Why we should be having more fun in the workplace

Paul Harris
BrightHR
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Having fun in the workplace is great, but it’s no longer just about having a laugh around the watercooler.

Let me explain why.  

Just recently, we worked alongside world leading expert on wellbeing at work, Professor Sir Cary Cooper, in conducting research about play at work.  It threw up some very interesting results and confirmed to us that fun at work – as simple as dress down days, board games and a belly laugh - can reduce absenteeism, promote psychological wellbeing and boost productivity.

Interestingly, however, our research highlighted different needs or wants between generations for fun at work.

It showed young employees who enjoy a good belly laugh at work are less likely to skip work with sickies and that companies providing fun in the office - such as Xbox games, karaoke and luxury massages - are more likely to have a productive office.

Coined by experts as the workforce ‘Millennials’, some 79 per cent of 16-24 year old employees said fun at work was very important them, with 44 per cent admitting ‘play’ at work made them work harder.

However the elders were inclined to disagree.    

Only 14 per cent of 55-60 year-olds said they liked ‘playtime’ at work with the rest taking a more traditional approach to the working day.

By the same token, even though belly laughs at work were deemed a good thing, only four in ten 50 to 60 year olds said it would make their work life better compared to nearly three-quarters of millennials.

We also found that fun impacted positively on how many sick days employees took off work.  

Our research showed 62 per cent of employees who had taken no sick days in the last three months had had more fun at work.  It was also interesting to discover that 58 per cent of those who had not experienced workplace fun had been off sick for 11 or more days in the last three months, compared to 42 per cent of those who had.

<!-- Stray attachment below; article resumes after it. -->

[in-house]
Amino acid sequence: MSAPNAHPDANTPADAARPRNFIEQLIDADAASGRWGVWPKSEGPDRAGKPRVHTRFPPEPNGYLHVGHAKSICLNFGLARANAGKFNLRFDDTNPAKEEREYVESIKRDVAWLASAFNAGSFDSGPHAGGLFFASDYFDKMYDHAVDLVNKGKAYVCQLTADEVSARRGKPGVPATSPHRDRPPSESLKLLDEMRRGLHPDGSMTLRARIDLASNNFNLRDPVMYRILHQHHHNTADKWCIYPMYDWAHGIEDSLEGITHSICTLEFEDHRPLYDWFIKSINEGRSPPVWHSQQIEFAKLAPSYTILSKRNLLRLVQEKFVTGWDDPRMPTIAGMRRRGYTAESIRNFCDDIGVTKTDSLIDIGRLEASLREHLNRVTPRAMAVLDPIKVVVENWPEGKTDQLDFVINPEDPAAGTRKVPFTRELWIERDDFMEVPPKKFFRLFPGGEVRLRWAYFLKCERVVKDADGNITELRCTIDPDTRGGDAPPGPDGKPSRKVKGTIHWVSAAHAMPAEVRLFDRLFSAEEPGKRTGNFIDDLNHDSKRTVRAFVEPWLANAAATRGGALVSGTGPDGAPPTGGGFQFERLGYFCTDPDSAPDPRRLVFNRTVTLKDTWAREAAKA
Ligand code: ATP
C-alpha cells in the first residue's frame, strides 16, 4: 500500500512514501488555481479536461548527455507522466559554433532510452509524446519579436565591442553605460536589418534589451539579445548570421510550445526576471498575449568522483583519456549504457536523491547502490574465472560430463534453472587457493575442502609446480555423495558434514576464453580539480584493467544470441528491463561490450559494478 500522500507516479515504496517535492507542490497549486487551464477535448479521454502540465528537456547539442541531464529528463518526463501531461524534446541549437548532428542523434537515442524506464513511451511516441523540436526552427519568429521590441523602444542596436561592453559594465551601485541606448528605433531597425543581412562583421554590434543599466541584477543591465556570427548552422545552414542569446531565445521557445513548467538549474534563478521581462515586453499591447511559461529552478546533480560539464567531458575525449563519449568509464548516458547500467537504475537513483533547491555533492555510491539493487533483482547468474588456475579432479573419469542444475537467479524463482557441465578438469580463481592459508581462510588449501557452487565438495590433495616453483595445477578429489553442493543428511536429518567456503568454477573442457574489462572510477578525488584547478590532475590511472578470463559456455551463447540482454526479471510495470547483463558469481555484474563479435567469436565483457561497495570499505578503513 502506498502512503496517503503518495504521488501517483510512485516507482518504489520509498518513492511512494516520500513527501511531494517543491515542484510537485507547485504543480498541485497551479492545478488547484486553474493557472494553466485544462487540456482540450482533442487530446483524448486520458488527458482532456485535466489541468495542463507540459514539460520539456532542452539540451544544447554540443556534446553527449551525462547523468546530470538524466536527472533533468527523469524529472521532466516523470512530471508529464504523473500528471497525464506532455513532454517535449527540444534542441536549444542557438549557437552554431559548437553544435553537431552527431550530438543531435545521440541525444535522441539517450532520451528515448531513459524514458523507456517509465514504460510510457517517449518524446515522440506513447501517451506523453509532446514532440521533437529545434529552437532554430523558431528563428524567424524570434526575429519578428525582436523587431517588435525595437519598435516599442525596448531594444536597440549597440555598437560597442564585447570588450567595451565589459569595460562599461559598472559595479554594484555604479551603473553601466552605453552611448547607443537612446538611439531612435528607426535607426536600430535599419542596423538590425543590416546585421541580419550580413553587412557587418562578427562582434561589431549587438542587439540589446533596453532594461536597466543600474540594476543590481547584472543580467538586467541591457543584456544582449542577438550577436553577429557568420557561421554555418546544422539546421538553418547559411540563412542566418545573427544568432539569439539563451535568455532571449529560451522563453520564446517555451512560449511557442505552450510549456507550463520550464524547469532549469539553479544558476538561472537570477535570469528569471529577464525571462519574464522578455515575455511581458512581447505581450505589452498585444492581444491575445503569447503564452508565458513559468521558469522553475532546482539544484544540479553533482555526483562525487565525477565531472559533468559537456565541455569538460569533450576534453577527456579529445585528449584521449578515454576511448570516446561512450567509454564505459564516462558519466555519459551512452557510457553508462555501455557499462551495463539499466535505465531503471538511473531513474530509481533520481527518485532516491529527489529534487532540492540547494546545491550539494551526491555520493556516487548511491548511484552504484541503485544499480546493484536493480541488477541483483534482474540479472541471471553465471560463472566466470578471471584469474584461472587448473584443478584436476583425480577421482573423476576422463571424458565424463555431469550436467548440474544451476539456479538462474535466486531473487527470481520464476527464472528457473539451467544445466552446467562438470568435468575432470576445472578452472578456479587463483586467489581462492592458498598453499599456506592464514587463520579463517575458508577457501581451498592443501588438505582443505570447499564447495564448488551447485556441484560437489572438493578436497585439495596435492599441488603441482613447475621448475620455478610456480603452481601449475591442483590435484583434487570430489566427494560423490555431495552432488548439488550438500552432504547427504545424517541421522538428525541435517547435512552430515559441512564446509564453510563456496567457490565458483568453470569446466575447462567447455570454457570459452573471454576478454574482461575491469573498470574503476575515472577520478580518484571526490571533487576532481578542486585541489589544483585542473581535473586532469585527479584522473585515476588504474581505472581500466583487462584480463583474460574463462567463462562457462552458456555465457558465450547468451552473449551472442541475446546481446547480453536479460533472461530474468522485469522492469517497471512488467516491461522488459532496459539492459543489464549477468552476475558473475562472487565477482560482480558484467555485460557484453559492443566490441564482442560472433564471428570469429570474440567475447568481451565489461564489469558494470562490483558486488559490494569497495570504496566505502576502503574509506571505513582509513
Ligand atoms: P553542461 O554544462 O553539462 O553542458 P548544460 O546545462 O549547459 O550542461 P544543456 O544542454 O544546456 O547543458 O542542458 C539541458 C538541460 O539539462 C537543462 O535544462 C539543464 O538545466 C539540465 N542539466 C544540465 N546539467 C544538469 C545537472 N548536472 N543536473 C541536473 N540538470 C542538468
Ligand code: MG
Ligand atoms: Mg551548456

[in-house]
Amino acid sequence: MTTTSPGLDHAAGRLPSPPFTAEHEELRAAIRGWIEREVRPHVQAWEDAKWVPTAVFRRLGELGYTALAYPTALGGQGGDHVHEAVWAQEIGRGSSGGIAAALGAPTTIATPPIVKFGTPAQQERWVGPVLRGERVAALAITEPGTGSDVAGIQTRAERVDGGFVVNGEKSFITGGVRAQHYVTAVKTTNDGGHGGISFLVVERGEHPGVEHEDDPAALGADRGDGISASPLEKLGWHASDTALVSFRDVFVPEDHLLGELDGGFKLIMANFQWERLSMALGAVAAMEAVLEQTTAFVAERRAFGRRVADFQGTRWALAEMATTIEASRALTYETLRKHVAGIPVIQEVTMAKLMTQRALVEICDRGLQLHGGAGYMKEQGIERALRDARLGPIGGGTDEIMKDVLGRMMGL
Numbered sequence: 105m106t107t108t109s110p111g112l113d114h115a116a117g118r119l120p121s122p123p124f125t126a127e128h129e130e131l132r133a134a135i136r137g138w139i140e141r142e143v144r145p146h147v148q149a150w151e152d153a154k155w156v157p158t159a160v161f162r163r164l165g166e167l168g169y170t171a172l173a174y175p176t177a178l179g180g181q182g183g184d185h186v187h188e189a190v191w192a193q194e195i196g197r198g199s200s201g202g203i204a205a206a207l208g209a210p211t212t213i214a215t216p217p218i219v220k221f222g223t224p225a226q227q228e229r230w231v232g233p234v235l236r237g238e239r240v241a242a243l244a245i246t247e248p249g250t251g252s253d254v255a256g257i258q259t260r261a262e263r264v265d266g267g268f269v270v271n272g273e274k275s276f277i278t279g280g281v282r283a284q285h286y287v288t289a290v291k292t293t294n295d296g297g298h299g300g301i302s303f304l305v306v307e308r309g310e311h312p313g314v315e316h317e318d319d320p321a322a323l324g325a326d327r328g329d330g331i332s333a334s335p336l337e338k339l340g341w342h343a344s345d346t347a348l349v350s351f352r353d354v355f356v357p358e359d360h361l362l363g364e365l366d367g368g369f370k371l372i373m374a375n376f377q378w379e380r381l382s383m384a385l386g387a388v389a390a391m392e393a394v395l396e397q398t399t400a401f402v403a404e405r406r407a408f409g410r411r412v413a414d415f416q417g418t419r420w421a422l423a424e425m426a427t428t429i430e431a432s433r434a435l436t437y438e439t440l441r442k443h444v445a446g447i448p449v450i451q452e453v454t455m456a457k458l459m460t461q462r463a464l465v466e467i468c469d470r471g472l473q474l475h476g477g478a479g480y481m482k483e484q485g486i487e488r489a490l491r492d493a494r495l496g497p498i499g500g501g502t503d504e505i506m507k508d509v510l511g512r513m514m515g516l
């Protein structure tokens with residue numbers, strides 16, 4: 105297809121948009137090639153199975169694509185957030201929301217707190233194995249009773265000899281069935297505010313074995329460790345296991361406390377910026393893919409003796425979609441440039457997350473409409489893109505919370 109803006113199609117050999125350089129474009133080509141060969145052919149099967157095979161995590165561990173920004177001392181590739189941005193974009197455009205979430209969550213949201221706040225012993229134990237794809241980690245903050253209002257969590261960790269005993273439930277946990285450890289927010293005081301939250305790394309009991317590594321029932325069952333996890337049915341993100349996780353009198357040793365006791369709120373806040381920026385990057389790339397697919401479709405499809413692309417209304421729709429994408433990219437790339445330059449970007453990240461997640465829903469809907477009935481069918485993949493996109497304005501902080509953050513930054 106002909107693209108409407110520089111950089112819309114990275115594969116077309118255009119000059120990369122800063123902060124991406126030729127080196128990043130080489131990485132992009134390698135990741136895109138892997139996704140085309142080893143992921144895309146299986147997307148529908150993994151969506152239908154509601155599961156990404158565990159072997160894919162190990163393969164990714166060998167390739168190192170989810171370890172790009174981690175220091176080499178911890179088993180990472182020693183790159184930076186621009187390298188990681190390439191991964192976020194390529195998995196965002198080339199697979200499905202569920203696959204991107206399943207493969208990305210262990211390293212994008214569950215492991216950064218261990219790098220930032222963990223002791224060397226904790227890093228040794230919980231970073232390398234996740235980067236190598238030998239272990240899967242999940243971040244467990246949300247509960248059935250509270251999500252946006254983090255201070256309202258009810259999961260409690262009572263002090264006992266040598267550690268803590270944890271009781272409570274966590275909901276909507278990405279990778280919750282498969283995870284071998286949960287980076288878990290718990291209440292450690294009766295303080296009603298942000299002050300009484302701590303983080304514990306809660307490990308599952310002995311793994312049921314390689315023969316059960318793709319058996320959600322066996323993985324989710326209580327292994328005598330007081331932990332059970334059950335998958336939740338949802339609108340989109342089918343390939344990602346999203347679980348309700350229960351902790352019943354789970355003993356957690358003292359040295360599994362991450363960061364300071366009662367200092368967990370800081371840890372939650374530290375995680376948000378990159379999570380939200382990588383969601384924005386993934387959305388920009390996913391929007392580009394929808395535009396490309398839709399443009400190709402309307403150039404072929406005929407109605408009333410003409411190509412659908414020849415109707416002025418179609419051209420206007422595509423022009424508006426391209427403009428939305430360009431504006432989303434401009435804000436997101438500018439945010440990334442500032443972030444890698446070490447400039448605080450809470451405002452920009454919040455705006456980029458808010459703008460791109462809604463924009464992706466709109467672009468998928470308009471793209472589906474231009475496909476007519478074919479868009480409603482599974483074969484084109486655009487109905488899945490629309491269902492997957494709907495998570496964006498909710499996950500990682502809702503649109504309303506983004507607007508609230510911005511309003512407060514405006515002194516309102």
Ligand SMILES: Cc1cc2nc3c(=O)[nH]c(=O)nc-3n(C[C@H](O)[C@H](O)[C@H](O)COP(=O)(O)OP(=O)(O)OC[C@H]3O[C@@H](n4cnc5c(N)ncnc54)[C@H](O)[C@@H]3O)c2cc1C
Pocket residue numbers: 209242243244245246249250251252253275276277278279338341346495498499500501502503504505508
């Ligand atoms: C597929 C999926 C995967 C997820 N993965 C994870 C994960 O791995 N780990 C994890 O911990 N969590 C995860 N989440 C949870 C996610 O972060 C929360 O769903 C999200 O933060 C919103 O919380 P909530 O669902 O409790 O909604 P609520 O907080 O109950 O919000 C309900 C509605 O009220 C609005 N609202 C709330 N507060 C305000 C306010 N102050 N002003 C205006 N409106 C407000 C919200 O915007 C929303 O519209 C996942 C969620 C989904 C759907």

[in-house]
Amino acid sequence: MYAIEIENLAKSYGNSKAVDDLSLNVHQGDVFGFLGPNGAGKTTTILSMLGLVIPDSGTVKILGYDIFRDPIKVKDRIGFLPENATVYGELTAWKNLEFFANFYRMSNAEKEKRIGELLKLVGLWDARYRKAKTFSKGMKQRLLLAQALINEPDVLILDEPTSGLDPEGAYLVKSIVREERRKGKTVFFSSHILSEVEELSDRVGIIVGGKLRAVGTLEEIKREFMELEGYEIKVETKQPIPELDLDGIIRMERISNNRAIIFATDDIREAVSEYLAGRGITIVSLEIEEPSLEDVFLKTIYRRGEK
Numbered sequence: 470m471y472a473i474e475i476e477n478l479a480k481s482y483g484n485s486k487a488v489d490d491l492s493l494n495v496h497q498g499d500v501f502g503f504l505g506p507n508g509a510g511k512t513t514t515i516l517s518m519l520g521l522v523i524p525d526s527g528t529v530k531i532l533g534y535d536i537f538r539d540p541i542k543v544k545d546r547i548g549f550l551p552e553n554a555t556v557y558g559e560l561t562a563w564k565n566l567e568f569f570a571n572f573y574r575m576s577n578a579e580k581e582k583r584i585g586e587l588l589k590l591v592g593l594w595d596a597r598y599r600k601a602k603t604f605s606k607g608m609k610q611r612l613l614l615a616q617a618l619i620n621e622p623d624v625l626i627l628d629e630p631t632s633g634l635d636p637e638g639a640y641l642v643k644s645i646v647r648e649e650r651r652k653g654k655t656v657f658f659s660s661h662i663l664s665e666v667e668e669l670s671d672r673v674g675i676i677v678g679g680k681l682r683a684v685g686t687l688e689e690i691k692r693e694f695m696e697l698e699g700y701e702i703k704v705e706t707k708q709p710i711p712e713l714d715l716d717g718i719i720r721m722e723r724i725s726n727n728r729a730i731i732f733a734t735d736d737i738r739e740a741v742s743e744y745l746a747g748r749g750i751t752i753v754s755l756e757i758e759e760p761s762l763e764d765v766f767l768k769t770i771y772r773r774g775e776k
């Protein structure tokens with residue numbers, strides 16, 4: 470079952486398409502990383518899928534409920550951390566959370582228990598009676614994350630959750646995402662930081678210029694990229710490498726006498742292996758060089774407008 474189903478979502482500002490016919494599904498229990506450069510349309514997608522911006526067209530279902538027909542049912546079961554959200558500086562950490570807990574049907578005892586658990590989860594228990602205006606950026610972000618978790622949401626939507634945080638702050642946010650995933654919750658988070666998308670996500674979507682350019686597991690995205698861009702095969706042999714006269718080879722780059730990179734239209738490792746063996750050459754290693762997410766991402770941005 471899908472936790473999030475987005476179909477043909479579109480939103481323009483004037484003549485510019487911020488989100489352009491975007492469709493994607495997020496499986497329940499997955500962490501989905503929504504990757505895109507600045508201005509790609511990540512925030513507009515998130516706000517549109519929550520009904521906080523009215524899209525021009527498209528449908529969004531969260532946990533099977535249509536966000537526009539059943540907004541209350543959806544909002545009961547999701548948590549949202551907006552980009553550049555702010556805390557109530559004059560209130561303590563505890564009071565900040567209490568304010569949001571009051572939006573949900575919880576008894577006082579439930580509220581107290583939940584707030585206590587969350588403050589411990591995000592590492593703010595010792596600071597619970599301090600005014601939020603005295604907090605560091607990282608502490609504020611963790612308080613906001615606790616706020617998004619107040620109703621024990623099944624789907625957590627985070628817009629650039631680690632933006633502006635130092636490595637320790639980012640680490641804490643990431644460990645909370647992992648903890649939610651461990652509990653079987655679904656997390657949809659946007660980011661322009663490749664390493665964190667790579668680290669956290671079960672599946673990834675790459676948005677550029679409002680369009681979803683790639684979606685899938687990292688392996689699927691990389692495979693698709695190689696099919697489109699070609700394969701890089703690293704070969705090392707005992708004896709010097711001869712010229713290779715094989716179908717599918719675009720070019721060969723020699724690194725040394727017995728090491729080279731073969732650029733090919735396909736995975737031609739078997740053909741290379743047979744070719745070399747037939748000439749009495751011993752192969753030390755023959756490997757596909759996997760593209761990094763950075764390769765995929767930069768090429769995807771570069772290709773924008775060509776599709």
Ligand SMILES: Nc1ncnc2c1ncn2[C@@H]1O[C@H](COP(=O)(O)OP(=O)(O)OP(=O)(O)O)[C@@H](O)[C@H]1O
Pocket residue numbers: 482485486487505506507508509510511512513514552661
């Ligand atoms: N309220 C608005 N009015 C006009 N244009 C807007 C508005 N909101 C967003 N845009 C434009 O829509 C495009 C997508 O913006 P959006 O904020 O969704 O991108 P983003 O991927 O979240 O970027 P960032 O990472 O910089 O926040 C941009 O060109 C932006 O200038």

Workers currently taking part in fun activities in their organisation were significantly more likely to enjoy increased creativity and psychological well-being and better health in the last three months than those who didn’t. 

Professor Cooper told us that he believes a shift in attitudes towards work is triggered from graduates and school leavers working longer hours than ever before.  Furthermore, the assumption of old-age retirement and living in financially unstable society, means young workers seek fun in their office to ensure they get the most out of their time. 

So what can we conclude from this? 

Businesses must decide how to deal with a multi-generational workforce and how to educate their senior leaders, most of whom will be Baby Boomers, about how the different expectations of the Millennials.

Trust is key. If people are trusted to do their work and feel empowered to play and have fun in the workplace, a business can benefit from a more happy, motivated and productive workforce.  

The fun we talk about doesn’t have to cost a lot either; it could simply be laughing with colleagues, celebrating office birthdays or enjoying work related tasks.

Graduates are most likely to use workplace fun to alleviate stress, boost performance and productivity and, as the number of Millennials grow, businesses must think about their approach to workplace fun/play to be able to continue to attract them.

All of this and more can be found in our new It Pays to Play report.

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